It’s a question that often comes up when looking to move to a new home. While there are certain obvious advantages of selling your existing home first, there can also be benefits when the situation is reversed.
Edison Property Director Claude Iaconi explained the pros and cons for both to help individuals decide what is best for them.
“We are in a market where it makes sense to upgrade to a better home because prices are cheaper than they were a couple of years ago. Hence substantial savings can be achieved. And sellers can be more motivated so if you’re in a strong financial position when making an offer, the better your chances of securing the property and getting a great deal in a buyers’ market,” Mr Iaconi said.
“Sellers generally consider the offer first in terms of price, then finance conditions, settlement date, and any other conditions that are a hurdle to the contract being unconditional. Whilst a subject to finance clause is not a deterrent, a cash offer will always be more attractive as the seller would then know that their property is sold, and can then make their own future buying decisions with confidence.”
On the other hand, it can work for many to buy before selling. “Before you decide to buy first or sell first, have a look around at what is on the market and see if there is anything that you would be prepared to buy,” Mr Iaconi said. If you are particularly fussy and find reasons not to buy all of the houses you inspect, and you conclude it will be difficult and time-consuming to find the house you require, then selling first may not work for you. Also, if you are financially capable of buying your new home without having to sell your existing home first, then it may be easier to buy your home, make any necessary improvements, move in and then tidy up your old home before selling or renting.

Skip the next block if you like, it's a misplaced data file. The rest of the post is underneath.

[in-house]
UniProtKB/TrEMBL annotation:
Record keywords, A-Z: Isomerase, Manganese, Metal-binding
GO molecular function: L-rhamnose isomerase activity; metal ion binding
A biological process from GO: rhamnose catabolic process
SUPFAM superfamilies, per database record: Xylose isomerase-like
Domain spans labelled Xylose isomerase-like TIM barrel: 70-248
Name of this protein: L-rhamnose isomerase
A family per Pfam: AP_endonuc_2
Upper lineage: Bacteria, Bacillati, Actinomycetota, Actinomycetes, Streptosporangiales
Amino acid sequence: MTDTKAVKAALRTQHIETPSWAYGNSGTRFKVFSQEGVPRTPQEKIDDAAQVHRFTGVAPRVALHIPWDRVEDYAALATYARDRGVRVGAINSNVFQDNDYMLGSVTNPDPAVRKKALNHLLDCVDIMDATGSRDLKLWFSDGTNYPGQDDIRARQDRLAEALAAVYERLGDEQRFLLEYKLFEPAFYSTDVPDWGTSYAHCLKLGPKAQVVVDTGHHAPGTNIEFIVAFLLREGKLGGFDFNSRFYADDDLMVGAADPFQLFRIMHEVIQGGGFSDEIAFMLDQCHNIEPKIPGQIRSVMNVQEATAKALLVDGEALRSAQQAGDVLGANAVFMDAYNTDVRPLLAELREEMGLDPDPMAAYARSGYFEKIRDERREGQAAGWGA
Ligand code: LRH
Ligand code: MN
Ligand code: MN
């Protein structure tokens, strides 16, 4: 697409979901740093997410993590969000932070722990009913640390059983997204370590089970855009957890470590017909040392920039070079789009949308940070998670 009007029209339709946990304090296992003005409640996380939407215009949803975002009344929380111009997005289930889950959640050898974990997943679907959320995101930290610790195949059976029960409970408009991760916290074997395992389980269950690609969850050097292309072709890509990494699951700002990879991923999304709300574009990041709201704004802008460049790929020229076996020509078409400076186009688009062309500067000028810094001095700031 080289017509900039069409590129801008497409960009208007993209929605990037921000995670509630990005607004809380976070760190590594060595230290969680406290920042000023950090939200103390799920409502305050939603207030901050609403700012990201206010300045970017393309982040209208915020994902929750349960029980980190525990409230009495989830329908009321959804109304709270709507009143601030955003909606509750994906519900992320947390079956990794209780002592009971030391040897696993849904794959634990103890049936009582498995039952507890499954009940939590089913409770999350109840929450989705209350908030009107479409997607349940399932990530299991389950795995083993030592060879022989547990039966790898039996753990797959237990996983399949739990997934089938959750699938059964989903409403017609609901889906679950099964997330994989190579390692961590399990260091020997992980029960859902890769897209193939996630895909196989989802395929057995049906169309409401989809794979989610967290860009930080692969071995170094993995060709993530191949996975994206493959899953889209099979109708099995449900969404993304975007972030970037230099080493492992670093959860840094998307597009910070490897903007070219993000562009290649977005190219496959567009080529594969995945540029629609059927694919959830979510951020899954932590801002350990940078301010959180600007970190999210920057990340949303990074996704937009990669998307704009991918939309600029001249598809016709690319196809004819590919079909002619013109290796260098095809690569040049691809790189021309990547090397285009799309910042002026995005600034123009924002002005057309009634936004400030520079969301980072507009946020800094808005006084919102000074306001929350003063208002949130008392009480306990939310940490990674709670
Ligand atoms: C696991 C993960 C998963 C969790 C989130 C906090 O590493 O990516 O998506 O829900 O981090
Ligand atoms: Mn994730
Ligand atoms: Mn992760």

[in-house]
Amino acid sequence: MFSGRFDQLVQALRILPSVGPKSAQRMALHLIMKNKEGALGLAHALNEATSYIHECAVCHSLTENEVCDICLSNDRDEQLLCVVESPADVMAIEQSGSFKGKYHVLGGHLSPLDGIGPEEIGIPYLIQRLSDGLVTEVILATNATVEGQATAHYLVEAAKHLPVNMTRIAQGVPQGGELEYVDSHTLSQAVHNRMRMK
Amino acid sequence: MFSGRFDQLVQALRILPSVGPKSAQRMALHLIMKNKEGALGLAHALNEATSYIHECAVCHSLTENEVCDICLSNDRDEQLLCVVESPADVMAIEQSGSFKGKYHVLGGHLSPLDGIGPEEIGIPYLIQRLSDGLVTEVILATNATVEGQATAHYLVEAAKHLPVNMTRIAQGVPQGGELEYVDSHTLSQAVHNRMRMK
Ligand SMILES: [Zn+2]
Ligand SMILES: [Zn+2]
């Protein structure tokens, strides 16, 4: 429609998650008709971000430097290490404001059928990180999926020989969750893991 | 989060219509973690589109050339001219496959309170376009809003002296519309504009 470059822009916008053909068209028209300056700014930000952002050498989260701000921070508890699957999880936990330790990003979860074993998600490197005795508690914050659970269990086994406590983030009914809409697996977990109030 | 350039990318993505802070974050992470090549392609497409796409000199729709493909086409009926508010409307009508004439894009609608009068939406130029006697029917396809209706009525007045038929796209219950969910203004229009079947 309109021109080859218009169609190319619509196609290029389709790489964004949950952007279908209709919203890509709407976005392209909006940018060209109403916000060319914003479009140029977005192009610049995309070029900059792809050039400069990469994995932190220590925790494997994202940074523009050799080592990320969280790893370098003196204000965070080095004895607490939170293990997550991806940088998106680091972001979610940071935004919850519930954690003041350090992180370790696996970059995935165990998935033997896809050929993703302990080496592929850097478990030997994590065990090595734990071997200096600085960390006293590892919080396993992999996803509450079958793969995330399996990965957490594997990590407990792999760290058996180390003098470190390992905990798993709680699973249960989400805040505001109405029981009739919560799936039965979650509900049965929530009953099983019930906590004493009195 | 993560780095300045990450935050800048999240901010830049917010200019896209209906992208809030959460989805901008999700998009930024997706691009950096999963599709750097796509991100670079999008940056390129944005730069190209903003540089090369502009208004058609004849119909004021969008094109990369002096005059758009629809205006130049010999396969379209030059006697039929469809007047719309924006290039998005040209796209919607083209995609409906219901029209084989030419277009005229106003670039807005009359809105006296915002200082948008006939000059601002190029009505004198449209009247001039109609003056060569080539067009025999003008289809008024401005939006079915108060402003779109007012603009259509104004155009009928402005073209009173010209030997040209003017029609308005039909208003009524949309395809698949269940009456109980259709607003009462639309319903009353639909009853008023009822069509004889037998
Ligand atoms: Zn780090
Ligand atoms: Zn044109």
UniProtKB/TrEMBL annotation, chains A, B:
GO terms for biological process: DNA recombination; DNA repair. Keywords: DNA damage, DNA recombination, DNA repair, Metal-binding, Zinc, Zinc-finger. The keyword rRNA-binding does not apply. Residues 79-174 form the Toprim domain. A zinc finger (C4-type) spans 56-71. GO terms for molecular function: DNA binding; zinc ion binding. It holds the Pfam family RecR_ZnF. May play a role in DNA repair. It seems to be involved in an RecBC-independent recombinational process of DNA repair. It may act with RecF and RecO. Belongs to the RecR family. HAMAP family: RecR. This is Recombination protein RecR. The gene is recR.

If you decide to sell before you buy, the first thing to do is set a realistic sale price for your home based on an accurate market appraisal by a leading local agent, and consider obtaining pre-approval for a loan based on the minimum amount of cash you could expect from the sale.
When it comes to ‘subject to sale’ offers, again, there are things to consider for both the buyer and seller, though Mr Iaconi said he likes the concept of a subject to sale offer.
“It gives a nervous buyer a genuine chance to make an offer, while still maintaining the security of testing the market to ensure they can achieve a reasonable selling price for their property,” he said. “Just be mindful that if you want to purchase the dream home you’ll have to be serious about pricing as there is a limited time frame to achieve your sale”.
He added that “on the other hand, the seller has achieved a ‘half sale’, yet still has the opportunity to continue marketing to search for a better quality offer whilst the subject to sale buyer is trying to sell their own home so disappointment is part of the equation.”
In the current market with more houses to choose from, it really is up to the individual as to what best suits their circumstances.
If you’re thinking of making a move and not sure which direction to take, Claude is available anytime to provide 20 years experience and intelligent advice to help you achieve your property goals with minimal stress.